Veteran Labour politician Tony Benn has died at home at the age of 88, his family said today.
The former cabinet minister died this morning at his home in west London surrounded by family members.
In a statement his children Stephen, Hilary, Melissa and Joshua said: "It is with great sadness that we announce that our father Tony Benn died peacefully early this morning at his home in west London surrounded by his family.
Tony Benn has died at home at the age of 88
"We would like to express our heartfelt thanks to all the NHS staff and carers who have looked after him with such kindness in hospital and at home.
"We will miss above all his love which has sustained us throughout our lives. But we are comforted by the memory of his long, full and inspiring life and so proud of his devotion to helping others as he sought to change the world for the better.
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"Arrangements for his funeral will be announced in due course."
Benn was admitted to Charing Cross Hospital in London at the beginning of February after feeling unwell, and returned home on March 4. His death comes just days after the loss of a left-wing hero of a later generation, RMT union boss Bob Crow.
Labour leader Ed Miliband paid tribute to an "iconic figure of our age".
He said: "He will be remembered as a champion of the powerless, a great parliamentarian and a conviction politician.
"Tony Benn spoke his mind and spoke up for his values. Whether you agreed with him or disagreed with him, everyone knew where he stood and what he stood for.
"For someone of such strong views, often at odds with his party, he won respect from across the political spectrum.
"This was because of his unshakeable beliefs and his abiding determination that power and the powerful should be held to account.
"He believed in movements and mobilised people behind him for the causes he cared about, often unfashionable ones. In a world of politics that is often too small, he thought big about our country and our world.
"Above all, as I had cause to know, he was an incredibly kind man. I did work experience with him at the age of 16. I may have been just a teenager but he treated me as an equal. It was the nature of the man and the principle of his politics.
"I saw him for the last time a couple of weeks ago in hospital. He may have been ailing in body but was as sharp as ever in mind. As I left he said to me 'Well, old son. Let's have a proper talk when you have more time'.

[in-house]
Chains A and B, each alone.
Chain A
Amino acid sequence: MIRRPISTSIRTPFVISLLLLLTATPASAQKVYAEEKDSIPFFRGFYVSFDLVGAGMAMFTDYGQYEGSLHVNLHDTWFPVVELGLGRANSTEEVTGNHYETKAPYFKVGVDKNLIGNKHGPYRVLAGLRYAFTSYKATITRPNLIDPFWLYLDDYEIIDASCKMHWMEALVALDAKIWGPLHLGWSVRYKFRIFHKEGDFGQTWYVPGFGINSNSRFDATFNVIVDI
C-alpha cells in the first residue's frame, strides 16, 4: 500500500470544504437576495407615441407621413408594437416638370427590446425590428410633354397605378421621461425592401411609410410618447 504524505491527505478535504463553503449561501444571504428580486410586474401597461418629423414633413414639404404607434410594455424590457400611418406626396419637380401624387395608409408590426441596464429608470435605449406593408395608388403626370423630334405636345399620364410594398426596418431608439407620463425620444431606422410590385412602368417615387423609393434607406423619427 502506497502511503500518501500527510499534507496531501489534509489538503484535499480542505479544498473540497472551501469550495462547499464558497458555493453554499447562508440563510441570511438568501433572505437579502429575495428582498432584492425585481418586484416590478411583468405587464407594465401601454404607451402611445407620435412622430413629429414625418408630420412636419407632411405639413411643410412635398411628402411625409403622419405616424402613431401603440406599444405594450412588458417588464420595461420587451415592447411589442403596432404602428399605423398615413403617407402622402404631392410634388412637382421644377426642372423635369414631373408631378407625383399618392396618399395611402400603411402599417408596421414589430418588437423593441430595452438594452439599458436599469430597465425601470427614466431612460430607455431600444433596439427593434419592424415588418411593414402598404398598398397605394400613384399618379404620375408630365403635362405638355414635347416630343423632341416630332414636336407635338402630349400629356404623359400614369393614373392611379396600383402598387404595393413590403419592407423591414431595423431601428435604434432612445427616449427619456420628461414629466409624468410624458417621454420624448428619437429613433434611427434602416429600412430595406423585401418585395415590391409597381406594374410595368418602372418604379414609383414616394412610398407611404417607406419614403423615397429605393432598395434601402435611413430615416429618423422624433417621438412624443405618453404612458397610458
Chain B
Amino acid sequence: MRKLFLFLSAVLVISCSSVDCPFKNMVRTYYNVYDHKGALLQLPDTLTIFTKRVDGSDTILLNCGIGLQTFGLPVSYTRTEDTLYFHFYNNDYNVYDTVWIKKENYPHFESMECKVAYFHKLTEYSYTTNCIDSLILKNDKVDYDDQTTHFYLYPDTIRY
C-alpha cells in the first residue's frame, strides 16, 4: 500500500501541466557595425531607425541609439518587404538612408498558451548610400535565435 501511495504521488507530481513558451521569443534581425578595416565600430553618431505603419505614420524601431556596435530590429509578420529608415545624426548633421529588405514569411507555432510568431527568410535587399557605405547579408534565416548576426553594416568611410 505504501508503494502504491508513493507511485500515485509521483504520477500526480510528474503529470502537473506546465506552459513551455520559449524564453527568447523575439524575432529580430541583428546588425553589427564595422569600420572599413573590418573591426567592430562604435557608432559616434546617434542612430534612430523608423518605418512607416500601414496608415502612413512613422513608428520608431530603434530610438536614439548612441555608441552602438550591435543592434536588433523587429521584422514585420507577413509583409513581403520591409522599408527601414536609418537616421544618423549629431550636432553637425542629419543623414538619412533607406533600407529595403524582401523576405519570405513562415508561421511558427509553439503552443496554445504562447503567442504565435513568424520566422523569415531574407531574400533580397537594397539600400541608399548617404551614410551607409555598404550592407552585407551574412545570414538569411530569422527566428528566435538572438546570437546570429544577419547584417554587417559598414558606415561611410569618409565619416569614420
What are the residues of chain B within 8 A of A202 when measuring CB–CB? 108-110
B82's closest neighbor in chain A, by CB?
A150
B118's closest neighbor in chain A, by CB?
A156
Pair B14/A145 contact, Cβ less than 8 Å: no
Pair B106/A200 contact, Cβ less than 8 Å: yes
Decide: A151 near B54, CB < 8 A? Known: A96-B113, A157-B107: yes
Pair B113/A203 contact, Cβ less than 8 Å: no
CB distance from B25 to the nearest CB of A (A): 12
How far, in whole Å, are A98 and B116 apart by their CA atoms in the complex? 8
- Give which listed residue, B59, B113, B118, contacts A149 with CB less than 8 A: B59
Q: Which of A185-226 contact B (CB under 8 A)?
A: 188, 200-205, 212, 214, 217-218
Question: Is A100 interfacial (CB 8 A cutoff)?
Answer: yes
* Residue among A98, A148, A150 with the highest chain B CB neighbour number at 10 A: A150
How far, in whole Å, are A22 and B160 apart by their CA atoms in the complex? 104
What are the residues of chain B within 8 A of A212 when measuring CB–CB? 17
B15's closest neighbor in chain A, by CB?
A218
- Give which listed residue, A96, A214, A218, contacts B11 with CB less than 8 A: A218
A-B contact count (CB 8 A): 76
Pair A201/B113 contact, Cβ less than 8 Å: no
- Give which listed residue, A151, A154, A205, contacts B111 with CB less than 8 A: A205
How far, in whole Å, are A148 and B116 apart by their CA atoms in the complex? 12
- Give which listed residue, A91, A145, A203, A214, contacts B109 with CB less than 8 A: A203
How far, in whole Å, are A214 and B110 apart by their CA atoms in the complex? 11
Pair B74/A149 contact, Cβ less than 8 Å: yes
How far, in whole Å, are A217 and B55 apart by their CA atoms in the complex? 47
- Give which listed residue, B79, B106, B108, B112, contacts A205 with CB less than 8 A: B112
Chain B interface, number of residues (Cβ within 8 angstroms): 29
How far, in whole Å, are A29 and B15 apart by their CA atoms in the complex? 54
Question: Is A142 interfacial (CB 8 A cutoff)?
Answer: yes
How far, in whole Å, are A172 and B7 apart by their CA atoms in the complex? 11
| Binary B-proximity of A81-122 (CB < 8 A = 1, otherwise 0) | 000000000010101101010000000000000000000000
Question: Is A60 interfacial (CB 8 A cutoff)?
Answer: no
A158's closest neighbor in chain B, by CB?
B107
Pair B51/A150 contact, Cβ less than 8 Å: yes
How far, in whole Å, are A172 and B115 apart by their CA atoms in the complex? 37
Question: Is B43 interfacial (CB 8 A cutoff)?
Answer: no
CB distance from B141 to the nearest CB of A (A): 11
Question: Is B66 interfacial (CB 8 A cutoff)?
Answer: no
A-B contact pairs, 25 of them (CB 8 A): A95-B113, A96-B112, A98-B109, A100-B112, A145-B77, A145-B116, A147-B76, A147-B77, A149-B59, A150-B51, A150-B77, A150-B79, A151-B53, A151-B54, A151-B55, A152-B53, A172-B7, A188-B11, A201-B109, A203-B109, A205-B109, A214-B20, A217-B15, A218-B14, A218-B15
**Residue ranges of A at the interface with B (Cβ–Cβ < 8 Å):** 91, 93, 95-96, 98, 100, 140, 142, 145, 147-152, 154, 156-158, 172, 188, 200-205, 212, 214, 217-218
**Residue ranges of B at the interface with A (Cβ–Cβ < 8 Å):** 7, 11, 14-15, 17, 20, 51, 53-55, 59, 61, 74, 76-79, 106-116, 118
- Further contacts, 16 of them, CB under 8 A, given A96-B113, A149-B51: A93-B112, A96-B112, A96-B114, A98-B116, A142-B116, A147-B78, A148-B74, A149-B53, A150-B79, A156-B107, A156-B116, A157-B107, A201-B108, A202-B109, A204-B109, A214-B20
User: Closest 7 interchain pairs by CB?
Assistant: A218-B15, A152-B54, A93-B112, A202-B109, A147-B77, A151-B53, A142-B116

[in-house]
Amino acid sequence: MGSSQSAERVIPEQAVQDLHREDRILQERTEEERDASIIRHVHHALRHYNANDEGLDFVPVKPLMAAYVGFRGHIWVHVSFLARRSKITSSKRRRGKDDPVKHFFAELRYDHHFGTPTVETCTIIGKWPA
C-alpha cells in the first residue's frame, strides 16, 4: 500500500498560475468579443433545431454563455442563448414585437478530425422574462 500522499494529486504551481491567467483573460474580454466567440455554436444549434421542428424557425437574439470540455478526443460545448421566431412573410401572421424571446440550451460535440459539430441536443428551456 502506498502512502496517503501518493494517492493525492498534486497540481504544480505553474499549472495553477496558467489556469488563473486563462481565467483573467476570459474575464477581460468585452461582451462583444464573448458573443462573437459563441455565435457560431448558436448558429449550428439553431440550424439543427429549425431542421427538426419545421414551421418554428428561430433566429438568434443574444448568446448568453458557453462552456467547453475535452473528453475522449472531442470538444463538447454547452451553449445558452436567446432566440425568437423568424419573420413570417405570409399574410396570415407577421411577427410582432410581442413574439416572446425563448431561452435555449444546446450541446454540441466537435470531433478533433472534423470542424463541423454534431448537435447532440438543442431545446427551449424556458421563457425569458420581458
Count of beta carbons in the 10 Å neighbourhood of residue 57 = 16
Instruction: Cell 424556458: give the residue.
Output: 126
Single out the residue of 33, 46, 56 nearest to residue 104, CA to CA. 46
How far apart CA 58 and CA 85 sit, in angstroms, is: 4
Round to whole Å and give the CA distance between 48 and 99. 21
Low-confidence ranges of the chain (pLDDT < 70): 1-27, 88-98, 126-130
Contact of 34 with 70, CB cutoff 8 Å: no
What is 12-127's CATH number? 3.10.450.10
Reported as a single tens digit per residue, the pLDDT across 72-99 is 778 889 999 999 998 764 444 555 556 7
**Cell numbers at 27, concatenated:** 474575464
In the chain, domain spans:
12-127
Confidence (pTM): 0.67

"As he said of his wife Caroline at her funeral, he showed us how to live and how to die.
"All of my condolences go to his children Stephen, Hilary, Melissa and Joshua and his wider family. In their own ways, they are all a tribute to him as a father, a socialist, and a most decent human being."
Former prime minister Tony Blair, and an old sparring partner of Benn, said: "Tony Benn was one of those rare things - a genuine radical for all his life. He was a fearless campaigner and a legendary figure for the Labour movement.
"Even when I disagreed with him, I always had enormous respect for his brilliance, his passion and his commitment to the people of Britain and of the world.
"My thoughts are with his family - with whom he was very close."
Former prime minister Gordon Brown said: "Tony Benn was a powerful, fearless, relentless advocate for social justice and people's rights whose writing as well as speeches will continue to have a profound influence on generations to come.
"My thoughts are with his family, whom he adored."
The Prime Minister David Cameron has paid tribute on Twitter:
Former foreign secretary Dame Margaret Beckett said Benn had been a "brilliant speaker" on the BBC Radio 4 Today programme.
She said: "People who heard him speak up and down the country will never forget it... people may or may not agree with him but they would come out of a public meeting he had addressed saying 'I didn't agree with any of it, but it was wonderful'.
"He had such clarity of expression, he opened people's eyes and he made them think.
"He was fantastic (to work for). Delightful, friendly, very open minded and interested always in new ideas... a really charming, nice man.
"He made enemies and kept enemies but on the whole I think most people regarded him with a good degree of affection, long before he got sufficiently old, as he said himself, he can't do any more harm."
Labour politicians have been tweeting tributes to the man who inspired many of them into political life.
Conservative politicians have also tweeted their sadness at their old adversary's passing.